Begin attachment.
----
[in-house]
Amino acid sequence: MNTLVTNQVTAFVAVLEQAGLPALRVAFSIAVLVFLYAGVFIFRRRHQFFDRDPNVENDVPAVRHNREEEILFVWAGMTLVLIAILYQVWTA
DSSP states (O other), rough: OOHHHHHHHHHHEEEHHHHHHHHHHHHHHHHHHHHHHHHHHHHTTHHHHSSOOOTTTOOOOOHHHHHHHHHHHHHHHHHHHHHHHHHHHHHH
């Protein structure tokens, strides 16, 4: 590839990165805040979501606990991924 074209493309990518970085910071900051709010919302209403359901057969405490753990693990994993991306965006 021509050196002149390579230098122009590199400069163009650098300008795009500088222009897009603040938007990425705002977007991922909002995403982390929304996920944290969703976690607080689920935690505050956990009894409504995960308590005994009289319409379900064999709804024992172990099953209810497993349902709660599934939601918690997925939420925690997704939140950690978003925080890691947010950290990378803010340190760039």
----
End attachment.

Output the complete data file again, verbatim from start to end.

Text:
[in-house]
Amino acid sequence: MNTLVTNQVTAFVAVLEQAGLPALRVAFSIAVLVFLYAGVFIFRRRHQFFDRDPNVENDVPAVRHNREEEILFVWAGMTLVLIAILYQVWTA
DSSP states (O other), rough: OOHHHHHHHHHHEEEHHHHHHHHHHHHHHHHHHHHHHHHHHHHTTHHHHSSOOOTTTOOOOOHHHHHHHHHHHHHHHHHHHHHHHHHHHHHH
């Protein structure tokens, strides 16, 4: 590839990165805040979501606990991924 074209493309990518970085910071900051709010919302209403359901057969405490753990693990994993991306965006 021509050196002149390579230098122009590199400069163009650098300008795009500088222009897009603040938007990425705002977007991922909002995403982390929304996920944290969703976690607080689920935690505050956990009894409504995960308590005994009289319409379900064999709804024992172990099953209810497993349902709660599934939601918690997925939420925690997704939140950690978003925080890691947010950290990378803010340190760039």